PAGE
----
but one of the friends has an allergy against butter,
and they asked whether the paella had a "burra",
and that means, did the paella have a donkey in it?
So, with your brand new house in Spain, this lovely villa, and the Cash In The Attic team,
what exactly are you going to spend the money on?
I think generally we'd like to replace the dining room furniture,
because the custom in Spain is for houses to be sold furnished, and the
Dutch people who sold the house to us left a rather unattractive orange pine dining suite.
-It sounds delectable(!)
-Yes, so it needs to go at the first opportunity.
I know that Jonty will be missing us, so enough slacking on our behalf.
I think we'd better go and find some more lovely things to take to auction.
You've got so many rooms - show me which one I'm going to.
Well, it sounds like Jan and Trevor have plenty of projects on the go,
and we'd better find some more items before we vamoose to auction.
Jan's come across a handy mahogany occasional table
on a tripod support. This versatile little table
could carry a value of £40 to £60 at auction.
With its rich brown hue and fine grain, mahogany was a favourite of the Victorians.
And in the hall, Jonty's discovered another historic object.
I had to come and see this famous desk,
because you were saying earlier on, Trevor, this is the one
that your grandfather and father used to write all the bills at.
Certainly my father. I couldn't remember my grandfather.
But this used to sit at the end of the what we'd call the living room,
ie the room we actually lived in, as opposed to the front room.
What's your opinion of it, Jonty?
A lot of people say brown furniture is dead,
but pedestal desks are not dead.
A good quality pedestal desk will always sell
because people still can use it.
To me, this looks like dainty, almost like lady's size.
I agree. It's quite a small desk.
And as far as pedestal desks are concerned,
this is really as small as they get, because the name "pedestal desk"
really explains what it is.
The writing surface sits on two pillars, two columns of drawers, and this is what we've got here.
So if it was any narrower, you literally couldn't get your legs into the hole.
-You certainly wouldn't!
-No, I would have a problem with this one!
You're much too tall for that. So what's the wood exactly?
This is mahogany. Mahogany tends to be quite a red colour,
but this has faded into a nice sort of nutty brown colour, but the grain tells me that it's mahogany.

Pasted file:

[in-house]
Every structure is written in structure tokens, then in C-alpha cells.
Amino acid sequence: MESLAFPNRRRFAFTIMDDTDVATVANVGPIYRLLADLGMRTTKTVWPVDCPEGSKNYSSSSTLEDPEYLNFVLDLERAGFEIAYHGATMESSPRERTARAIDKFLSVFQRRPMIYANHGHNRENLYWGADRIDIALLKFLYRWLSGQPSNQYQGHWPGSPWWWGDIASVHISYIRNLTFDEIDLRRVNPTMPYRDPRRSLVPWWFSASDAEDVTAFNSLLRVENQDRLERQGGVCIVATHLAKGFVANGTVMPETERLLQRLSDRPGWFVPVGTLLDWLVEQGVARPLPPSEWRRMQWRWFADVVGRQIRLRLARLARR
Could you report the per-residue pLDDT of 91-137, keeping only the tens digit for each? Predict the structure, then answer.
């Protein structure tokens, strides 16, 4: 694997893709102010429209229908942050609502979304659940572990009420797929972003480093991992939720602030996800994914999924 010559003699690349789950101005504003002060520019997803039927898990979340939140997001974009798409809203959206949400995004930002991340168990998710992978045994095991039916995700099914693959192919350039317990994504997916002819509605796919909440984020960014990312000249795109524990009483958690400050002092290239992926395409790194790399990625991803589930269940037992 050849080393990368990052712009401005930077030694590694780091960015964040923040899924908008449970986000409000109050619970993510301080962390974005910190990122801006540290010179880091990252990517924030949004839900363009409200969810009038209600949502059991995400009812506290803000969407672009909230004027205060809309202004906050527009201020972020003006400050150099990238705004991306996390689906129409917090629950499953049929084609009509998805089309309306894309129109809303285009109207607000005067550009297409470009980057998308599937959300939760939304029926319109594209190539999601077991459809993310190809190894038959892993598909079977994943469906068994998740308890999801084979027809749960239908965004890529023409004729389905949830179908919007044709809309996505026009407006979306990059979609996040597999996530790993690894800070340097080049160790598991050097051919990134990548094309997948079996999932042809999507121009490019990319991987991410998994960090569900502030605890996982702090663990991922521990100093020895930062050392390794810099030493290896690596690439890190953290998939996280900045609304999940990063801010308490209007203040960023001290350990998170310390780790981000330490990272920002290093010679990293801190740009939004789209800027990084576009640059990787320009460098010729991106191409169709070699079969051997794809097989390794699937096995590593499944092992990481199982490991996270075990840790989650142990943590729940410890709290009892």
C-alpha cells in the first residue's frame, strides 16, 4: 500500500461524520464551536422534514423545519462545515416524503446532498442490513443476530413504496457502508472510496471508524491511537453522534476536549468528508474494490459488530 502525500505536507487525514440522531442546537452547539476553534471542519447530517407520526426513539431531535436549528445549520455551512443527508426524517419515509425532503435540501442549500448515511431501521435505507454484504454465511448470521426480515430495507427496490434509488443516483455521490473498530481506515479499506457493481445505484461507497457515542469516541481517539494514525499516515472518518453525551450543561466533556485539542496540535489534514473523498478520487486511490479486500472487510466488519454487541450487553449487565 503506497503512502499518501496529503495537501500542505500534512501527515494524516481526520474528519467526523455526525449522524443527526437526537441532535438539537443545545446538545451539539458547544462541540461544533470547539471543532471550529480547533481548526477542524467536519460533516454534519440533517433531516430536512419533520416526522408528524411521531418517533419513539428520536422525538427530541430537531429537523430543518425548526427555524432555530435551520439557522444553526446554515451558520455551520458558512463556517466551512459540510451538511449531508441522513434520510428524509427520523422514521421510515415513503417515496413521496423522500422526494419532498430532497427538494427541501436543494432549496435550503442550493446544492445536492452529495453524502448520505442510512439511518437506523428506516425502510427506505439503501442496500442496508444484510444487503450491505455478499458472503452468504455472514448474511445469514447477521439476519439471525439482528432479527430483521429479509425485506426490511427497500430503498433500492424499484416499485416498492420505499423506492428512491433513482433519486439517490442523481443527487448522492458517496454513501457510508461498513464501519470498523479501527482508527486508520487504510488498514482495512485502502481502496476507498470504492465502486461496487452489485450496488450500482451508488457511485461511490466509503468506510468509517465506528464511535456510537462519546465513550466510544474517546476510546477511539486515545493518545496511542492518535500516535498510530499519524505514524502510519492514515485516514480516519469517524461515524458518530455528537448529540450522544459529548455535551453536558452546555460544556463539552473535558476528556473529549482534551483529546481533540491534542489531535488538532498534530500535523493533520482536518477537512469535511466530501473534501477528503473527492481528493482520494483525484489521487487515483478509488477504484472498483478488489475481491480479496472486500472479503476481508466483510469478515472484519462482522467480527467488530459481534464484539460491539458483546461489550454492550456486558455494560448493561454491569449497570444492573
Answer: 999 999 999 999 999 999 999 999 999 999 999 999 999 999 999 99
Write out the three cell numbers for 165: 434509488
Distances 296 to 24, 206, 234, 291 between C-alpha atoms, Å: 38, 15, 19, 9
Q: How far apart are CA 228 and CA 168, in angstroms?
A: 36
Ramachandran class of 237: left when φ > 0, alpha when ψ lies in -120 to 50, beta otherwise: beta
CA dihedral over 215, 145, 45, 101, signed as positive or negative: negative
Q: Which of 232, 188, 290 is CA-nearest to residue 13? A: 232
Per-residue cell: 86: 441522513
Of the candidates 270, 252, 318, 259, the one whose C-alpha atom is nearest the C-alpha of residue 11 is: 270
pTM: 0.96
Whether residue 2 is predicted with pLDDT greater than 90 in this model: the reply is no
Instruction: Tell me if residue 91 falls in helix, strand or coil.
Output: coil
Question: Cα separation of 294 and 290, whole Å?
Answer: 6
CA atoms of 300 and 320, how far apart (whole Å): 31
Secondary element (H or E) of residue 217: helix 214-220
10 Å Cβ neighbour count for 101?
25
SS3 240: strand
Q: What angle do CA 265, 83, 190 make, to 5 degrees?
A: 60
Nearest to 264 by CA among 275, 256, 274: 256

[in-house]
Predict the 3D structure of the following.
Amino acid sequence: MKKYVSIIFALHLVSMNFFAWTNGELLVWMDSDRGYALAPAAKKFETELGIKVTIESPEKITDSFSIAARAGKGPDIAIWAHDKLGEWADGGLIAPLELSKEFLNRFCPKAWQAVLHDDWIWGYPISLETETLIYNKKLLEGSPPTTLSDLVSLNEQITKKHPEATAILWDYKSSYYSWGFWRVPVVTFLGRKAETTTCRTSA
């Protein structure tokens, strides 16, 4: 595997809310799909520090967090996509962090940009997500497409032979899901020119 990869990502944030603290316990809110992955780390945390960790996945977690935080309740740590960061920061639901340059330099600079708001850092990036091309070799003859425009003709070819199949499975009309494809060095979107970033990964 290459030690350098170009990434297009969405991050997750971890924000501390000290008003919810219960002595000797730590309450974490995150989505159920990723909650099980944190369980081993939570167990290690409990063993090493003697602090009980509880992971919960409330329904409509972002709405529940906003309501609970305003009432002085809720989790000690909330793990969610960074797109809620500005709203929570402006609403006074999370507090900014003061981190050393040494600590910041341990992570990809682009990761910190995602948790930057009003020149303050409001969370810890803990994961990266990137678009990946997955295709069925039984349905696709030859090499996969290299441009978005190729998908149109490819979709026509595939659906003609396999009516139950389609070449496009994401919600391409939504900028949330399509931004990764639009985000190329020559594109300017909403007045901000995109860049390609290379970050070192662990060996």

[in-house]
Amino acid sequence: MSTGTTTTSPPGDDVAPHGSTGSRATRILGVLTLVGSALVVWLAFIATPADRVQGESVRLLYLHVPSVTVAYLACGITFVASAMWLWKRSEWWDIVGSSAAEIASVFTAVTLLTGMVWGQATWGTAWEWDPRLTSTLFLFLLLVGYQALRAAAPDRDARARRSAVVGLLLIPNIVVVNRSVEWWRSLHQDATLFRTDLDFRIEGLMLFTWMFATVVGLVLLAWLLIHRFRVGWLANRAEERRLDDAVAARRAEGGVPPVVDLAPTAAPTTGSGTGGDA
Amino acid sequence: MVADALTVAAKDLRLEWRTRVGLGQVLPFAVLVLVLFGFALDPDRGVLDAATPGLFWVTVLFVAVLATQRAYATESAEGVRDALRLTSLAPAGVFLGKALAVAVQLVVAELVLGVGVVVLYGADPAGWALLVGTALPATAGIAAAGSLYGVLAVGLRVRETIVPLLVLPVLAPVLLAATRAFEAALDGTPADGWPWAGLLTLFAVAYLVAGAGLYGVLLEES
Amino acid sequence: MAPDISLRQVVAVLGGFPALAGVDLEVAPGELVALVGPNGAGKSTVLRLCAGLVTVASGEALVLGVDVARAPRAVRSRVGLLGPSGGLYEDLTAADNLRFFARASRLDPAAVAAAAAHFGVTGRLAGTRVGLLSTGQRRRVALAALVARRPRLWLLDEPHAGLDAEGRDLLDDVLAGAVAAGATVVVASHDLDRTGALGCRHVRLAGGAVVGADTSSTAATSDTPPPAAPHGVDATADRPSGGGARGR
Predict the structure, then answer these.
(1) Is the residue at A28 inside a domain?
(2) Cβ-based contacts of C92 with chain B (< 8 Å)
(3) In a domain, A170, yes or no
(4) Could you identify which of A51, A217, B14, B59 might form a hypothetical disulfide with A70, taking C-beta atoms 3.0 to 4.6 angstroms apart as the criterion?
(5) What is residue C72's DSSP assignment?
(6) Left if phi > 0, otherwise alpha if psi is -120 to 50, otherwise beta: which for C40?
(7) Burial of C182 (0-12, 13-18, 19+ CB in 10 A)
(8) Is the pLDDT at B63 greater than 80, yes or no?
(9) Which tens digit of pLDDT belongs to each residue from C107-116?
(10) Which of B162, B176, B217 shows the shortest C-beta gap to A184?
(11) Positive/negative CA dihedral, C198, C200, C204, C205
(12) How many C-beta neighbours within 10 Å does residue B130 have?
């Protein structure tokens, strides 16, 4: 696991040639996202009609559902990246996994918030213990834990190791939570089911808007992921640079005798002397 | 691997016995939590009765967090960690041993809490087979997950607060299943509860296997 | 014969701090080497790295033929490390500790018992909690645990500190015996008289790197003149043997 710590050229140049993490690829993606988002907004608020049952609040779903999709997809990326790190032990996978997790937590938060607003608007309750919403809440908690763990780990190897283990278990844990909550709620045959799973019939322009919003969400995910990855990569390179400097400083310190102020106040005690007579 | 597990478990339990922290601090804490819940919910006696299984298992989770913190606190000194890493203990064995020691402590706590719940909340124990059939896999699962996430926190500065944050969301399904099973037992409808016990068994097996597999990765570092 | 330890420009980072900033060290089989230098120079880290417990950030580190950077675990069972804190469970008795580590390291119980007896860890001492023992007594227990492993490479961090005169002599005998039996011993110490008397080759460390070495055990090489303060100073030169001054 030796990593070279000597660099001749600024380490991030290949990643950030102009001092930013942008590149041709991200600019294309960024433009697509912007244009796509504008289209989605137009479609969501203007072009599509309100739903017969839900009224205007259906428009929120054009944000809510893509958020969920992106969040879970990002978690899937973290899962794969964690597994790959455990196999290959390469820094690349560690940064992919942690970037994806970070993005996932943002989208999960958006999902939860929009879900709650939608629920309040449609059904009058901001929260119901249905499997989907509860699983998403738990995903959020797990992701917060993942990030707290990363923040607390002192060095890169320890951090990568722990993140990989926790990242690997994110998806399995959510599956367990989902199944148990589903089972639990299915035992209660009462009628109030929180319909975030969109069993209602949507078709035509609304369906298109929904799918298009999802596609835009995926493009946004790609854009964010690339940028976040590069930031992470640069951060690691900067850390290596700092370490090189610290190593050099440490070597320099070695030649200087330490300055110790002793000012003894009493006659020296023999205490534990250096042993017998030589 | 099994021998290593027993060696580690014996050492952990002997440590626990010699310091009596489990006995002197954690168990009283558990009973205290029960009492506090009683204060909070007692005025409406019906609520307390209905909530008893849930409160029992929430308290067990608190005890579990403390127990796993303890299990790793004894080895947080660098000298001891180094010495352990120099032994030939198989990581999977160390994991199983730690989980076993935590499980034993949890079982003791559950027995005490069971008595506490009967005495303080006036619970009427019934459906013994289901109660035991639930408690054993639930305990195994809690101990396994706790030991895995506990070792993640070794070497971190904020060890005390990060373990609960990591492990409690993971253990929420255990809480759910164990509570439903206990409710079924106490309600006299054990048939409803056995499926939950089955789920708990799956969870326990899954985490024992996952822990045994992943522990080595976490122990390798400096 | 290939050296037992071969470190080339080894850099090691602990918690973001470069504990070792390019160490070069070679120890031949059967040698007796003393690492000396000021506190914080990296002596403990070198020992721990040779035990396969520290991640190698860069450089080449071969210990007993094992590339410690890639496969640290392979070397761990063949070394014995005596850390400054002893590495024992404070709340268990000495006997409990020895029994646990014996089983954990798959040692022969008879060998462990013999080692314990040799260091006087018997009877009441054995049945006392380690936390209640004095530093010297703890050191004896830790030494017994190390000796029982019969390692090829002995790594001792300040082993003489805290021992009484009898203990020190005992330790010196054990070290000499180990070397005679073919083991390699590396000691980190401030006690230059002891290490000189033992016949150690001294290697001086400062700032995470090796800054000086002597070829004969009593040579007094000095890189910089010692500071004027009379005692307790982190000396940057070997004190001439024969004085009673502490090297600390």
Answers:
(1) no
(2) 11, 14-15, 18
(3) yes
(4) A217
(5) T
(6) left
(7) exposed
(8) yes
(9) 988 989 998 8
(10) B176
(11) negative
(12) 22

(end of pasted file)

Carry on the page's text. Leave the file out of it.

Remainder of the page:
The great thing about desks, for me, is always look inside a drawer.
I pulled this out earlier.
Can you see? Inside an old desk has to be sign of ink.
There's always ink stains inside an old desk.
-And not a nail in sight as far as I can see.
-No, that's all dovetails.
You're going to miss it! I don't know how you're letting this go.
-I really don't, honestly.
-What age would you put on it, Jonty?
You can date furniture by the handles,
because the pedestal desk was fashionable really in the middle part of the 18th century,
all the way through to this period, where we're talking 1860, 1870.
-Ask him how much. Quickly.
-Go on. How much do you think, then?
Well, we're going to look at a really great figure
of between £350, maybe £550.
-Fantastic! That is good money.
I might have to knock them all down to get to it first!
-Let's keep searching, though.
-Let's go this way.
That's a great total. And we continue our search bolstered by our progress.
I find this charming silver cruet set.
It could make a stylish centrepiece at someone's dinner table for £20 to £30. And speaking of dining...
Hey, Jonty, you're not thinking of selling all my blue and white China, are you?
I thought I might. I have to say, my eye has gone to these huge lovely good quality meat plates here.
-Can we sell these?
-Yes, I think so.
They're a little bit large for today's living, I think.
I'd like to hang on to the rest,
because it's quite decorative here on my dresser.
These are the ones that have got real age to them. Where are these from?
These, of course, are from the farmhouse in the Cotswolds.
Now, I'm sure you know the pattern that this is.
This is the willow pattern.
But do you know the story of the willow pattern?
Not really. It's something to do with a father chasing
the young woman and her lover across the bridge.
But I don't know very much about it.
Well, that's exactly who you can see here.
The story really is based in the palace, here.
It starts off at the palace, here.
There was a rich Mandarin, he had a daughter called Koong-se.
and a lowly accountant named Chung who fell in love with Koong-se.
They eventually eloped before the arranged marriage
to a very wealthy Duke could take place.
So this is the wealthy Duke sailing towards the palace
on the day the blossom fell from the willow tree.
They managed to escape and they lived for many a happy year on this island here.
Well, I'm very pleased to hear that, then!
It didn't end as a happy end. There was no happy ending there.
The Duke eventually caught up with them,
took his revenge and killed them both.
The gods took pity and turned them into two beautiful birds.
So that is the story of the willow pattern.
And it is, by far, the most popular pattern
that the ceramics factories of the 19th and 20th centuries produced.
If it had been a rarer pattern,
these plates would be worth quite a substantial sum of money because,
if you are collecting blue and white transfer wares, you're looking for something really quite unusual.